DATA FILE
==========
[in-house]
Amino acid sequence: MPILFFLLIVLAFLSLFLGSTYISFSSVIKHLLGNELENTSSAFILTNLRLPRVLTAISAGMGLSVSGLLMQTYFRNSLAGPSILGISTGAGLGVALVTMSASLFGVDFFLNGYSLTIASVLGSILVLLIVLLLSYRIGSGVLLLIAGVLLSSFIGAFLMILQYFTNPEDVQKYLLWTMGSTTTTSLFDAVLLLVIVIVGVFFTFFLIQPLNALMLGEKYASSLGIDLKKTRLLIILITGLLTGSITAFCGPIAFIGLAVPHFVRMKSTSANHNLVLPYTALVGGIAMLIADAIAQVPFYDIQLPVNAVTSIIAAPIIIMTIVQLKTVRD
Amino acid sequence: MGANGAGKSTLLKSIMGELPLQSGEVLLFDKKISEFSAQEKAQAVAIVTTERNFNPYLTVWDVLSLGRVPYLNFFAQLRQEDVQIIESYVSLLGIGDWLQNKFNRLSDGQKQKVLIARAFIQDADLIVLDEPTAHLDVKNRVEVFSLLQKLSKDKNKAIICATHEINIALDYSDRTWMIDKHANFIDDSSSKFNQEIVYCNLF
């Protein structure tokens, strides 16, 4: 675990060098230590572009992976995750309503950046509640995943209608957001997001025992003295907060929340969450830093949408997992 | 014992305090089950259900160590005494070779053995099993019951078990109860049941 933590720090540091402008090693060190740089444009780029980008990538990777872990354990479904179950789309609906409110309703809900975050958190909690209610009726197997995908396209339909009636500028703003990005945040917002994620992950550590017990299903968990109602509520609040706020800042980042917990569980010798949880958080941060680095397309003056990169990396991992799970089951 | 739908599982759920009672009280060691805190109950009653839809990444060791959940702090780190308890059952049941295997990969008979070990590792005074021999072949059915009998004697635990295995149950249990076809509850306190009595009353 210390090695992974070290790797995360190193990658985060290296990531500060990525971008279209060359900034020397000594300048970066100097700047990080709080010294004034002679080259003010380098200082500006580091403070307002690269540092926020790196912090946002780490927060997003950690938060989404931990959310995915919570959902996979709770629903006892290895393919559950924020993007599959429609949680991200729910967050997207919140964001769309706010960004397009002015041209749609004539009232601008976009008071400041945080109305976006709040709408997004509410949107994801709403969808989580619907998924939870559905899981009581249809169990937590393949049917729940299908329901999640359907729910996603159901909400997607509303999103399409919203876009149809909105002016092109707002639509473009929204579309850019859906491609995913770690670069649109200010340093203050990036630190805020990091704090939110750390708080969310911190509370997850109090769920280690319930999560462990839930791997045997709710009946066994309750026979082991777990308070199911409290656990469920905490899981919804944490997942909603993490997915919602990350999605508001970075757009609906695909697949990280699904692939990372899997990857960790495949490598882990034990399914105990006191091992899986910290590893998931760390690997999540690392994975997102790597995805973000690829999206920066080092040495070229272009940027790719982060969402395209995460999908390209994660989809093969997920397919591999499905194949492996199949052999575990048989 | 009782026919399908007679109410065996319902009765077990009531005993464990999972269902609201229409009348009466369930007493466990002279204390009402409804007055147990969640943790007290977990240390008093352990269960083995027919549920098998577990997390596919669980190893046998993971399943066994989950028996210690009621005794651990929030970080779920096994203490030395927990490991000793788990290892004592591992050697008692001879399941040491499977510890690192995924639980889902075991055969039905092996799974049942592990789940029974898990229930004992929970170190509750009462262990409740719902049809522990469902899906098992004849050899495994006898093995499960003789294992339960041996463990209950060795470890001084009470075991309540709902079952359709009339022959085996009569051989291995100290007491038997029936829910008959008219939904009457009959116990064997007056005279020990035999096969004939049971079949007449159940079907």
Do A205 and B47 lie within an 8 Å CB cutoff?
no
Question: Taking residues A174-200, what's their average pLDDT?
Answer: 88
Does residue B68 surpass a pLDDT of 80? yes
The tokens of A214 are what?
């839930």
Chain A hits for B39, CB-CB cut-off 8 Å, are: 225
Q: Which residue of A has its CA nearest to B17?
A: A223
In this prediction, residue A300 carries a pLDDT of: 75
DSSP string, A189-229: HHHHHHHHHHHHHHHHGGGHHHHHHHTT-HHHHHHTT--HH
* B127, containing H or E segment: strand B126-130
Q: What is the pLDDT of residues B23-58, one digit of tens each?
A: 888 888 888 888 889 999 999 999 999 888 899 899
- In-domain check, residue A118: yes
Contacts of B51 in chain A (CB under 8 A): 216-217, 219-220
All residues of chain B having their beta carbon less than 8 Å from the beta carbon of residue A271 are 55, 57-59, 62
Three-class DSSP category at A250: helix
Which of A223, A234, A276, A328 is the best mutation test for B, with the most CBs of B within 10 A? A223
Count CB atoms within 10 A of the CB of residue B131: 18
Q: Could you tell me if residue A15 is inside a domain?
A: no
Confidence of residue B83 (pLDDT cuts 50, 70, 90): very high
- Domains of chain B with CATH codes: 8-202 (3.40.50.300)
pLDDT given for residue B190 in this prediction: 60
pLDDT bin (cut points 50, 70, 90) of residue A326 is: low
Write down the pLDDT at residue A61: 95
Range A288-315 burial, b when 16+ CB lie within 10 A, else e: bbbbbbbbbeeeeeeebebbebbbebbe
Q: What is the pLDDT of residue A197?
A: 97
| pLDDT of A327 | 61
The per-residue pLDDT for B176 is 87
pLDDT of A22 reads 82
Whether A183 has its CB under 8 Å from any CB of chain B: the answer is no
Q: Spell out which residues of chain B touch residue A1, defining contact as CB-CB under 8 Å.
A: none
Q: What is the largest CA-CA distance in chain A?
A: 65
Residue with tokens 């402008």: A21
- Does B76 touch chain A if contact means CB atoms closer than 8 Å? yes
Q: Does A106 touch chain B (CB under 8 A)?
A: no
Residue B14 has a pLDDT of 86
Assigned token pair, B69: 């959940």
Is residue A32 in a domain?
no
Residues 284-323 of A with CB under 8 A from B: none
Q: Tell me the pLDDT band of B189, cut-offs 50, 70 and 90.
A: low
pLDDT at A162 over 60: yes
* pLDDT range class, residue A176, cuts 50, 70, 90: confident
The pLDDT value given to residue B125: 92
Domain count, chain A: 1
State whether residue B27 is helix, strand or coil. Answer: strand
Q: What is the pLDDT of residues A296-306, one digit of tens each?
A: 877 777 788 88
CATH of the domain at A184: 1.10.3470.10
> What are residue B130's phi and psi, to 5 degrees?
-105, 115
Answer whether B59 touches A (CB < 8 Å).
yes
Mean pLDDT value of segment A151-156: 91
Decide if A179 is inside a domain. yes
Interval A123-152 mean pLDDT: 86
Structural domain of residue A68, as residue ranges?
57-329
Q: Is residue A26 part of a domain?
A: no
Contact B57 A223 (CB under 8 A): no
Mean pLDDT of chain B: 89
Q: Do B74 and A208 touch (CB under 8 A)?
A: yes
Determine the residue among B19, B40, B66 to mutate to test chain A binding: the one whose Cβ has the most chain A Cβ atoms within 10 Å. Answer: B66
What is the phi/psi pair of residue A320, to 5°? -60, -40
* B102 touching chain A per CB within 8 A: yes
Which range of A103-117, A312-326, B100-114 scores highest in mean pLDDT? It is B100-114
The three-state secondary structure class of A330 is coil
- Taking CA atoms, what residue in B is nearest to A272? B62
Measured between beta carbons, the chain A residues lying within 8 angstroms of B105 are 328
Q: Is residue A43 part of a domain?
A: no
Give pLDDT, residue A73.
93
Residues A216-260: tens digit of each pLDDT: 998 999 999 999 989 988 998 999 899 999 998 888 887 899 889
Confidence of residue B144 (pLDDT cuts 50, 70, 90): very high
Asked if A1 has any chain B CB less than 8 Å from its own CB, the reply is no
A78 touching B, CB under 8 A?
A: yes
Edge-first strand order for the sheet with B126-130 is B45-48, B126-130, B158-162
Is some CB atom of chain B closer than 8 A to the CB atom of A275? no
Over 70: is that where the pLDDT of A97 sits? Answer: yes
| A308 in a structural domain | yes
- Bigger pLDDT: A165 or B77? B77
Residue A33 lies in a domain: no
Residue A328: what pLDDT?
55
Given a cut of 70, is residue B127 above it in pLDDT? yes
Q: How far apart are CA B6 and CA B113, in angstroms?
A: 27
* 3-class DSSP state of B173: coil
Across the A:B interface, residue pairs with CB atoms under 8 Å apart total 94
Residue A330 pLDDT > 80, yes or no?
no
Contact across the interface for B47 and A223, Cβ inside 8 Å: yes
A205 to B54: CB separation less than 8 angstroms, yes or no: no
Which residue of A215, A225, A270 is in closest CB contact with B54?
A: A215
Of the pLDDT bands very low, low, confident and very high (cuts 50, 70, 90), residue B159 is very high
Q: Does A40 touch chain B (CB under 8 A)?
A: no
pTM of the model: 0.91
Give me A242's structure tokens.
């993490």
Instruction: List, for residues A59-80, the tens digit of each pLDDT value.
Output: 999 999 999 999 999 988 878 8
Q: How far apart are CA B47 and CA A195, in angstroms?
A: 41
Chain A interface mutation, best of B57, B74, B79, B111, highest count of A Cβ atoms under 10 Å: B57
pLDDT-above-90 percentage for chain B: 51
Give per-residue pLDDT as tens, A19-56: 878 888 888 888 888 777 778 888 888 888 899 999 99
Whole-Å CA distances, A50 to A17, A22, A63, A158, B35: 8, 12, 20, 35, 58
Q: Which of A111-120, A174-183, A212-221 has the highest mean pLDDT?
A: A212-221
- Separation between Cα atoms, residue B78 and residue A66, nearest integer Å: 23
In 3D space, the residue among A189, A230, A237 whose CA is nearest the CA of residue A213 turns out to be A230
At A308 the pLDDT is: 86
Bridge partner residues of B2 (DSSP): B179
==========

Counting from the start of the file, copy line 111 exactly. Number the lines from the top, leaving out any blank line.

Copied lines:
Which residue of A215, A225, A270 is in closest CB contact with B54?